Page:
Asymptomatic hemorrhagic transformation doubles odds for worse outcome
MedWire News: Asymptomatic hemorrhagic transformation is not an innocuous finding, say researchers who report that it doubles patients risk for worse outcomes after stroke.
The impact of asymptomatic hemorrhagic transformation is debatable, with previous studies, including a pooled analysis of 1197 patients, failing to find an effect.
The current study, by Hee-Joon Bae (Seoul National University Bundang Hospital, Seongnam, Korea) and colleagues, included 1412 stroke patients from a prospective stroke registry who were hospitalized within 7 days of symptom onset.
Similar to previous studies, the team analyzed the patients' outcomes on the modified Rankin Scale (mRS) at 3 months. But rather than assessing patients' chances of a good functional outcome, defined as mRS 0-2, for example, they studied the impact of hemorrhagic transformation on the shift in mRS scores across the entire range (0-6).
Bae et al reasoned that this shift analysis would be more sensitive to the effect of asymptomatic hemorrhagic transformation than would a dichotomized analysis. And they stress that "each discrete mRS score indicates a clinically relevant level of functional status."
The rate of asymptomatic hemorrhagic transformation in the team's study was 7.1%, which is relatively low compared with some previous studies and clinical trials. The researchers attribute this to factors including fairly mild stroke severity in their cohort and to exclusion of patients with signs of hemorrhage on the baseline imaging.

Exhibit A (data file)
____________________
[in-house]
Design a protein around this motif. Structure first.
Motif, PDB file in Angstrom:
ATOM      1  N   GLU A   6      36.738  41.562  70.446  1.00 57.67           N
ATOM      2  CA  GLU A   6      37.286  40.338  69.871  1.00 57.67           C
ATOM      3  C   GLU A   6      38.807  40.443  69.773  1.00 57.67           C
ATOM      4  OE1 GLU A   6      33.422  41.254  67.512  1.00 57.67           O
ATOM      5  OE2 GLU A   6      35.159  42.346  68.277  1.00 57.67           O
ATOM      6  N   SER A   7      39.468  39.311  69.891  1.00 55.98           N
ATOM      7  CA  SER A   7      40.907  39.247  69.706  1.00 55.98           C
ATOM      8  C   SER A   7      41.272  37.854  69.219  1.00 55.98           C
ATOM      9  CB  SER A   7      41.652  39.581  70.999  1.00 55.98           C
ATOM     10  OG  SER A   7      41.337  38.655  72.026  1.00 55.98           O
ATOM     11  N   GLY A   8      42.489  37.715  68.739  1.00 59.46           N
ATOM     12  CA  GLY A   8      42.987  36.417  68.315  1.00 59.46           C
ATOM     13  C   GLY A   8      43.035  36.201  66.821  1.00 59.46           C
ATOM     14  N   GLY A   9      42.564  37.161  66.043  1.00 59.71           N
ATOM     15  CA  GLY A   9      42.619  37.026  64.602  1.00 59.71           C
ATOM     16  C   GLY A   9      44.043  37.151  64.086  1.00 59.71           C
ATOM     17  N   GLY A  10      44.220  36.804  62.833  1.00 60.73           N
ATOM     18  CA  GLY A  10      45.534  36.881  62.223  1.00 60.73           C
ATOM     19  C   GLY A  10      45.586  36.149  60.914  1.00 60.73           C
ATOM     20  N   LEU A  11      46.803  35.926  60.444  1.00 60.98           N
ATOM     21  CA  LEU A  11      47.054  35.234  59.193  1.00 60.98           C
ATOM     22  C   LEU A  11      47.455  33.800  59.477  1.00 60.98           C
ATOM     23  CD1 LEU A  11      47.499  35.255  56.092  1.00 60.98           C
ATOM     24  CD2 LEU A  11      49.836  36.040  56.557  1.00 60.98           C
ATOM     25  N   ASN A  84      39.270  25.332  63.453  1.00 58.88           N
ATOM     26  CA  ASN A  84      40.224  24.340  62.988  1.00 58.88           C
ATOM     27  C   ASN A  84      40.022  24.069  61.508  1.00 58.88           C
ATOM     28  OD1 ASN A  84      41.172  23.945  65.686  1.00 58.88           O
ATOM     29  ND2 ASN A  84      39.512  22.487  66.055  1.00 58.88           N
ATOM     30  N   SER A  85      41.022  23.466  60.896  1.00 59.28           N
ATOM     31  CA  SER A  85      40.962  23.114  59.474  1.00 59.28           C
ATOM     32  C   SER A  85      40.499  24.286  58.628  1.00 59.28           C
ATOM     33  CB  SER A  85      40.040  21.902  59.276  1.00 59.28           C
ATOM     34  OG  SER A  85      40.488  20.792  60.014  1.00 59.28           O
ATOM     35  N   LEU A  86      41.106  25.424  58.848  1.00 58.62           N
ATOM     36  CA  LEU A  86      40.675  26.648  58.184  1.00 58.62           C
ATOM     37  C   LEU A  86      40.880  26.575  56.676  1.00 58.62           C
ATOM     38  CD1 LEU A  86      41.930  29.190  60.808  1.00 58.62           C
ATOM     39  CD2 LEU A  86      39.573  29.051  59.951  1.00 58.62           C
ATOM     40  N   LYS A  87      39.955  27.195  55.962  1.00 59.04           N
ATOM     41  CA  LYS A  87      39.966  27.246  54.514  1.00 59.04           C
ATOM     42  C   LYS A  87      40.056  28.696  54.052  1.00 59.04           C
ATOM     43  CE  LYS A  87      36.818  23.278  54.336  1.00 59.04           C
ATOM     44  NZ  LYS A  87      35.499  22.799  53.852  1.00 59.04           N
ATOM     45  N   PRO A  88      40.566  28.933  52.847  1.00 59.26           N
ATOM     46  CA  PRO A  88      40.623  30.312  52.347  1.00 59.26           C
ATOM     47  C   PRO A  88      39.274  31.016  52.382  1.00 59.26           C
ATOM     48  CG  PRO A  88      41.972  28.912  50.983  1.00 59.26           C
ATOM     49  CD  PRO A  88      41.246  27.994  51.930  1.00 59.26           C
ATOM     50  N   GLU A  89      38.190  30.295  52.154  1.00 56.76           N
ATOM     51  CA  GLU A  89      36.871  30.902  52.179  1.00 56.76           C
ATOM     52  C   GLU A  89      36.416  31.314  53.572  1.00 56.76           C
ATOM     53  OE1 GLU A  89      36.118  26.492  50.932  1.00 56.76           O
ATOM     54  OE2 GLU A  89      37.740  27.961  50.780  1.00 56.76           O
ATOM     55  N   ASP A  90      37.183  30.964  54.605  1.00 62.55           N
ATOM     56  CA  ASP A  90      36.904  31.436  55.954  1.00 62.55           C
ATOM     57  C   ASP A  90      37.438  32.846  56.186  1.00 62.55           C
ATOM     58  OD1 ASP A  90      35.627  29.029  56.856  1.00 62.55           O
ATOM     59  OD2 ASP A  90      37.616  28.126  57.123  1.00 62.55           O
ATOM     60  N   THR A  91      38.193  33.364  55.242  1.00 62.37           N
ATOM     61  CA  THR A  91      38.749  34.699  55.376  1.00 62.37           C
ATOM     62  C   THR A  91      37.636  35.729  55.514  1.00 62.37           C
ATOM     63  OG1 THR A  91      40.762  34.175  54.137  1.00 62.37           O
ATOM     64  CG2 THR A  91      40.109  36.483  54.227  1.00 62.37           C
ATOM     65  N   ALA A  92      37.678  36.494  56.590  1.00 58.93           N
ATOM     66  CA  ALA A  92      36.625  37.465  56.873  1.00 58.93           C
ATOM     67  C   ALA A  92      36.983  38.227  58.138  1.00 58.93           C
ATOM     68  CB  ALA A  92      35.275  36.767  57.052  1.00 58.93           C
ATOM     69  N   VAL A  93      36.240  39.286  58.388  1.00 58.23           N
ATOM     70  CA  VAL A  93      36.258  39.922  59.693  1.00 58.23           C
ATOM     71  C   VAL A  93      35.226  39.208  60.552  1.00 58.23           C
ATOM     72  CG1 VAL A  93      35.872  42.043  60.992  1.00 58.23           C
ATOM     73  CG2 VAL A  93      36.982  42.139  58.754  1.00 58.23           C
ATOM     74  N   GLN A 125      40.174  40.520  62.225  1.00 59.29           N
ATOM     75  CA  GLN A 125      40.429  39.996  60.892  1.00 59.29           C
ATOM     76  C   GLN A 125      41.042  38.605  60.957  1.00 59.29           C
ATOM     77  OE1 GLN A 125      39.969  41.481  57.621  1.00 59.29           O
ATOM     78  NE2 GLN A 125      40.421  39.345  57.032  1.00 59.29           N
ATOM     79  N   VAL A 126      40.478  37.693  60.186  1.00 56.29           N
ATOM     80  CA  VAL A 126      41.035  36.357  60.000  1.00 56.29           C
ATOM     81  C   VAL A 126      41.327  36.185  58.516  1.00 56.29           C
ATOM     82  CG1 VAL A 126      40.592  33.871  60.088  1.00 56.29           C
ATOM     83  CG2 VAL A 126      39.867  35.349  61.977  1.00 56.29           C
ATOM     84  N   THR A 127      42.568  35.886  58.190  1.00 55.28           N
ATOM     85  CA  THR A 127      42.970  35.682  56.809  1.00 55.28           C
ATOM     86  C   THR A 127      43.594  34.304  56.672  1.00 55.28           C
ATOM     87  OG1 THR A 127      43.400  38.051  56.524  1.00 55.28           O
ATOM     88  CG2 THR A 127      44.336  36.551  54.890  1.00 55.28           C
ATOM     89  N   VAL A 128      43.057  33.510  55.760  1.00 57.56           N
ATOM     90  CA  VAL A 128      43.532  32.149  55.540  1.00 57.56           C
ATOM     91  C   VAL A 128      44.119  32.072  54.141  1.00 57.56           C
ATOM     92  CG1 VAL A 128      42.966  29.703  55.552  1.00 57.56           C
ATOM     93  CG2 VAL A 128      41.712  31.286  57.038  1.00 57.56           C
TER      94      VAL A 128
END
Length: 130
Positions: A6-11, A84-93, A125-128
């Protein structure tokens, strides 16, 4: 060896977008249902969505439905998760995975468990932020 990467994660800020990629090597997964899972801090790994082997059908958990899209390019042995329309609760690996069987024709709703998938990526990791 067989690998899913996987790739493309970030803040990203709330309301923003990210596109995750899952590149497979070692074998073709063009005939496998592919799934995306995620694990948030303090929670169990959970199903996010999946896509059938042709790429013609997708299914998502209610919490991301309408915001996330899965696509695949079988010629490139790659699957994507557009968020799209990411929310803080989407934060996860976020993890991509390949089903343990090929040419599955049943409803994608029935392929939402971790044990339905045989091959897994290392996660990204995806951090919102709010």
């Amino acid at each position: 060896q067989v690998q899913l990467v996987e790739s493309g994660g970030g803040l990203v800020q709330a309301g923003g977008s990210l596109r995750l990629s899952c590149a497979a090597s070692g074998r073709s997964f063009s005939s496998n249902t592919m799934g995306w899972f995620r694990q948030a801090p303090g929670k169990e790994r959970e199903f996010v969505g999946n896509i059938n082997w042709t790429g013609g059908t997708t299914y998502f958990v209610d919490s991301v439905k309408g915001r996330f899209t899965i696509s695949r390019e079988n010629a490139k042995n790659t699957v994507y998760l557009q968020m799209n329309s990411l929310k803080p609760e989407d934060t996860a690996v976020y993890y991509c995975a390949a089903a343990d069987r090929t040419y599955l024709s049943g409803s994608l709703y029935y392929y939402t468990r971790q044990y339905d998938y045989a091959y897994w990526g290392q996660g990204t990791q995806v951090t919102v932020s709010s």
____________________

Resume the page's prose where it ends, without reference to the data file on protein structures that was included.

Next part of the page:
But they acknowledge that their findings may not fully apply to patient populations with high rates of asymptomatic ICH.
Asymptomatic hemorrhagic transformation was most likely to occur among patients with cardioembolic stroke (46%), and among those who received thrombolytic therapy (39%) or heparin (30%). Patients with asymptomatic hemorrhagic transformation had more severe stroke than those without, with median National Institutes of Health Stroke Scale scores of 9.5 versus 4.0.
On multivariate analysis, patients with asymptomatic hemorrhagic transformation were 1.90 times more likely to have a poorer functional outcome (a higher mRS score) than those without. The association was independent of factors including age, gender, previous stroke, stroke subtype and severity, and treatment with thrombolysis and heparin.
However, the researchers note in Neurology: "All the [hemorrhagic transformation] in this study developed during hospitalization and might be potentially preventable or reducible in its severity by interventions."
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By Eleanor McDermid